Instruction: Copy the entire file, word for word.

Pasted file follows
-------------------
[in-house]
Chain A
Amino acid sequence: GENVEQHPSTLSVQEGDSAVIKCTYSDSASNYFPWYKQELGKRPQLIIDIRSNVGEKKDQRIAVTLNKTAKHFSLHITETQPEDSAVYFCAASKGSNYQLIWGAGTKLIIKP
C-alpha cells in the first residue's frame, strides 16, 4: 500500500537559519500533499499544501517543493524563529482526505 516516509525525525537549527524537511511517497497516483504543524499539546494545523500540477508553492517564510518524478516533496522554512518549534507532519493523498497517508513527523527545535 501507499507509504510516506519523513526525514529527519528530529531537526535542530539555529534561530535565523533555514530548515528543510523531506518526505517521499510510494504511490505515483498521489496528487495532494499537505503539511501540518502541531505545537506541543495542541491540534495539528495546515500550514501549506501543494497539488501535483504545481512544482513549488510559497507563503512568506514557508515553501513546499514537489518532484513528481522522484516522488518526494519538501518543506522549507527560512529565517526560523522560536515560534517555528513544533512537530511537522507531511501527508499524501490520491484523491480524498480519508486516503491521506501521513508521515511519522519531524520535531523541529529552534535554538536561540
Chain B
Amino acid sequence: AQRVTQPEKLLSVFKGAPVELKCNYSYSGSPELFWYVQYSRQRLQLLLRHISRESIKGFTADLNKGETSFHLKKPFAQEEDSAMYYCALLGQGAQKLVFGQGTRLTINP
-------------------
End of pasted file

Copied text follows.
[in-house]
Chain A
Amino acid sequence: GENVEQHPSTLSVQEGDSAVIKCTYSDSASNYFPWYKQELGKRPQLIIDIRSNVGEKKDQRIAVTLNKTAKHFSLHITETQPEDSAVYFCAASKGSNYQLIWGAGTKLIIKP
C-alpha cells in the first residue's frame, strides 16, 4: 500500500537559519500533499499544501517543493524563529482526505 516516509525525525537549527524537511511517497497516483504543524499539546494545523500540477508553492517564510518524478516533496522554512518549534507532519493523498497517508513527523527545535 501507499507509504510516506519523513526525514529527519528530529531537526535542530539555529534561530535565523533555514530548515528543510523531506518526505517521499510510494504511490505515483498521489496528487495532494499537505503539511501540518502541531505545537506541543495542541491540534495539528495546515500550514501549506501543494497539488501535483504545481512544482513549488510559497507563503512568506514557508515553501513546499514537489518532484513528481522522484516522488518526494519538501518543506522549507527560512529565517526560523522560536515560534517555528513544533512537530511537522507531511501527508499524501490520491484523491480524498480519508486516503491521506501521513508521515511519522519531524520535531523541529529552534535554538536561540
Chain B
Amino acid sequence: AQRVTQPEKLLSVFKGAPVELKCNYSYSGSPELFWYVQYSRQRLQLLLRHISRESIKGFTADLNKGETSFHLKKPFAQEEDSAMYYCALLGQGAQKLVFGQGTRLTINP